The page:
Automotive manufacturers of 2009: Numbers convey their Supply Chain behavior
So the “Report cards” of the automotive manufacturers in US are out!! There are contrasting realities and some startling facts!!!. Do the Japanese and American car manufacturers behave the same way in the face of recession? How do their manufacturing and supply chain strategies reflect on their overall performance? Are there any “dark horses” among the American manufacturers who would pose the biggest threats to the Japanese in future? Are there laggards among the Japanese who would have to face the threat of survival in future? The numbers convey their behavior!!
Figure-1: The numbers of 2009 which tell a story in US Automotive market
As sales were slashed by an average 20% due to the plummeting consumer confidence and the tightened credit, most automotive manufacturers saw erosion of their capacities. Utilization which had reached 70% levels now declined to 30% levels for most manufacturers. The Capacity utilization changes for other Japanese manufacturers have reduced in the range of 20%. This is in line with the Japanese philosophy of evening out utilization so that there are no major roadblocks during capacity ramp-up or ramp-down. In contrast, the capacities of Chrysler and GM have been slashed by above 50%, which lead to instances of plant closure, huge layoffs and the like. This provides a behavioral difference between the Japanese and the American manufacturers. In this pack Ford is a startling contrast, which has only reduced capacities by 17% and is in league with the Japanese. Also to be noted is the trend of Nissan which is drifting away from the Japanese philosophy of being frugal on capacities.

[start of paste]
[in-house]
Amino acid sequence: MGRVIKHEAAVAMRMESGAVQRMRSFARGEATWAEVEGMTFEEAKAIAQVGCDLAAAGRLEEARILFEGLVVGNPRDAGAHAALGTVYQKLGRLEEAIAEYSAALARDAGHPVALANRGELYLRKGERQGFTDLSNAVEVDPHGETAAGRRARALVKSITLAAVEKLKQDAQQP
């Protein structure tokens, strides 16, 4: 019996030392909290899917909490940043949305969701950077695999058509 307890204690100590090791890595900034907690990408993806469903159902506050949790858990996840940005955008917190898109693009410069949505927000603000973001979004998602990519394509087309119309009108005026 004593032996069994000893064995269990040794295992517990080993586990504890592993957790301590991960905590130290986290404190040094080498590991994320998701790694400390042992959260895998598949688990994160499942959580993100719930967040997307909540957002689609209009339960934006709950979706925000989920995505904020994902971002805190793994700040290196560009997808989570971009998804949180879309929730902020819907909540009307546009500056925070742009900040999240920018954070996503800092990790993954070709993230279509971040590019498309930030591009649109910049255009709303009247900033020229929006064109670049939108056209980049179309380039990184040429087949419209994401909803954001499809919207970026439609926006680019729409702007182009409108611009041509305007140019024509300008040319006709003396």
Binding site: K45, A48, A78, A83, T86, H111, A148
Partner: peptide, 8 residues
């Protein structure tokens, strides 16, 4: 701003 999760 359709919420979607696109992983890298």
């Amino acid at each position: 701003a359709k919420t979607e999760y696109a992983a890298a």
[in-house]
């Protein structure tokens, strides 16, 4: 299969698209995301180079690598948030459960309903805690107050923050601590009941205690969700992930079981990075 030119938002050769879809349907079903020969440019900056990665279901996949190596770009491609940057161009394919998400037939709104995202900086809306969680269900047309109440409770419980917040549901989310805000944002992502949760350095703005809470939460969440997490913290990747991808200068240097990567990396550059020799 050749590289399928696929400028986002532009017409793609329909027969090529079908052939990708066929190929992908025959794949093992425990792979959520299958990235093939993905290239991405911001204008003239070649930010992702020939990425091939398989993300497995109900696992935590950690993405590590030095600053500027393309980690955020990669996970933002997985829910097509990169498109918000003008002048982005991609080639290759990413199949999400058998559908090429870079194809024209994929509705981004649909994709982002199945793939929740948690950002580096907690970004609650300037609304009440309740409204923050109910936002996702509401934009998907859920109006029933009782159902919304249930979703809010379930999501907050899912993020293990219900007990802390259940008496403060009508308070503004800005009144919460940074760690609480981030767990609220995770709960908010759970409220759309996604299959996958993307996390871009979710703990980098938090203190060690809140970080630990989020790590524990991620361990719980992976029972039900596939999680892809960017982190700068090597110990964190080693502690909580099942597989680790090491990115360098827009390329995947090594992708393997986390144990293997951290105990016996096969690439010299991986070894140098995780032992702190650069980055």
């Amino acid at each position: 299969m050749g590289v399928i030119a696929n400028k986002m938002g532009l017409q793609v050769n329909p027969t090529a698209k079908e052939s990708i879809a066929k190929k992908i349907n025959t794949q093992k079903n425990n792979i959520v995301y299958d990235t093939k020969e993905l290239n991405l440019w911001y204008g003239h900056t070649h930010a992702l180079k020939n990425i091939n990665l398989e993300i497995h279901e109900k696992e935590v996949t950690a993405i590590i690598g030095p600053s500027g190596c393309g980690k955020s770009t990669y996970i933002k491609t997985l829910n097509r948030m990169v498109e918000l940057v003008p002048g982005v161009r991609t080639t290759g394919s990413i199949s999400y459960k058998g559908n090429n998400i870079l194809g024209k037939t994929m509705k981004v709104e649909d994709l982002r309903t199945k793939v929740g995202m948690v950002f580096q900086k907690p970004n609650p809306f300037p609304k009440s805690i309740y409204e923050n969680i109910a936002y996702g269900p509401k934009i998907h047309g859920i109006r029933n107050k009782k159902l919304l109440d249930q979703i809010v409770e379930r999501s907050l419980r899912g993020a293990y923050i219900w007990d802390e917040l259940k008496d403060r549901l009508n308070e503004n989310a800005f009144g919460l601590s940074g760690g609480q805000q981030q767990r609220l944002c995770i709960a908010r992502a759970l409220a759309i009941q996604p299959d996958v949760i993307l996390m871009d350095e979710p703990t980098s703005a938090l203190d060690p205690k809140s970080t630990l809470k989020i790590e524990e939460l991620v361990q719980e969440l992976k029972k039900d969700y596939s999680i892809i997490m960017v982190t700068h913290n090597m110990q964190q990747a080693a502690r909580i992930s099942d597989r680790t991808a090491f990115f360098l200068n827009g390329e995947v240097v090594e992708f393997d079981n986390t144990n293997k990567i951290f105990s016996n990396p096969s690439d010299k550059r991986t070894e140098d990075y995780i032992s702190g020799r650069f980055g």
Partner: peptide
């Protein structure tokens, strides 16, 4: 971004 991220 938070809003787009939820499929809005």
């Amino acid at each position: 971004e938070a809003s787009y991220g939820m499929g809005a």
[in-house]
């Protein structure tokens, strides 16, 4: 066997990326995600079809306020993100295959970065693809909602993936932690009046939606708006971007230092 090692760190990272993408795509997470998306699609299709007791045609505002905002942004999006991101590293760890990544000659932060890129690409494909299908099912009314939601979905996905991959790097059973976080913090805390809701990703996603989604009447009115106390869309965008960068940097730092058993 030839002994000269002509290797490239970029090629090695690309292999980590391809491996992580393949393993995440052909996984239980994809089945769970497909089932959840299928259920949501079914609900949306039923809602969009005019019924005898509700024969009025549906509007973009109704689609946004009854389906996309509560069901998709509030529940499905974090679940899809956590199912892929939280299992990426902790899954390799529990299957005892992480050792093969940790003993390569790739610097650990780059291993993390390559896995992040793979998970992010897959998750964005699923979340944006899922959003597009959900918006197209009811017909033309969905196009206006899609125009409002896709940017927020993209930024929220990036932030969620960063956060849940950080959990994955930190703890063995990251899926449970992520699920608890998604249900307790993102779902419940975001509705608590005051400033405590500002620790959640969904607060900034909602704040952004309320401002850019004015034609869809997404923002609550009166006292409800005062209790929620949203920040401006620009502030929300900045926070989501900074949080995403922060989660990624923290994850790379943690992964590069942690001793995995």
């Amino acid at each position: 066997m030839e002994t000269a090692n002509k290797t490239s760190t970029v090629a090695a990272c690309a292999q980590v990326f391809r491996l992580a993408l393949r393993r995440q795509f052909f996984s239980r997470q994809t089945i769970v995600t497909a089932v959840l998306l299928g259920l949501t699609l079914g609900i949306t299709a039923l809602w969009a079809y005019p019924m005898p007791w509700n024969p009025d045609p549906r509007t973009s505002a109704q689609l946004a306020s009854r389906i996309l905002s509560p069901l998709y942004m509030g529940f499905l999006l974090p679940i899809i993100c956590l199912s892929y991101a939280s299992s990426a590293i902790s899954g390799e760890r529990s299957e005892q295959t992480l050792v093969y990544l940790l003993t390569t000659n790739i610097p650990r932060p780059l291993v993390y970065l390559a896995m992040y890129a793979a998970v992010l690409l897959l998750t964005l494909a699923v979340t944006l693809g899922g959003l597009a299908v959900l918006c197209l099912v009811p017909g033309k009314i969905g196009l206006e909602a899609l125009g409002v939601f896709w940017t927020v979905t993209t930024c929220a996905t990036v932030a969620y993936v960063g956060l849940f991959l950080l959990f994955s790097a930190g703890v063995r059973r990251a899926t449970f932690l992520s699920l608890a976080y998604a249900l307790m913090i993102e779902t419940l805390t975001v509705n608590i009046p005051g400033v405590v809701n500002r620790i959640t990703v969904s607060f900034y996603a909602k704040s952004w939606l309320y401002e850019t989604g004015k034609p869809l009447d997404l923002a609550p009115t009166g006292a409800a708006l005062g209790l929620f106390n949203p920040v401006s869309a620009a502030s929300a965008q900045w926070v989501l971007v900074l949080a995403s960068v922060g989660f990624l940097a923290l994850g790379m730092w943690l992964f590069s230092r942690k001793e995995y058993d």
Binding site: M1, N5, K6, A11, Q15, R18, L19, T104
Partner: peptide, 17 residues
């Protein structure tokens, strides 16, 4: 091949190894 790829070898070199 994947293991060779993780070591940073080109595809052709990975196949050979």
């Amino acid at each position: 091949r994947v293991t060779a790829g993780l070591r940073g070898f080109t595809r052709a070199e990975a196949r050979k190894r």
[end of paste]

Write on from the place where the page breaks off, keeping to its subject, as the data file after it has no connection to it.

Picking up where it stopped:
In these times of excruciating pressure of sales dip, Hyundai has kept its flag aloft with an 8% growth in volumes. Corporate philosophy says it was due to sharp focus, but industry practitioners know that most it was driven from the 1,00,000 kms warranty sop they provided to their customers.
From the Inventory position, the drop in sales has driven the drastic decimation of the inventories by about 50%. A closer look at the Sales change and Inventory change rates show that Hyundai is away from the pack. This is the only manufacturer which has shown boldness to reduce inventory in the face of increase in sales. This is only possible when a manufacturer is able to device lean supply chain. This is possibly the major cause of profits displayed by Hyundai. This does not in any way indicate that others who could not emulate Hyundai were non-profitable. It only demonstrates that the opportunity which Hyundai utilized to derive margins from a lean supply chain could not be used to that level by others.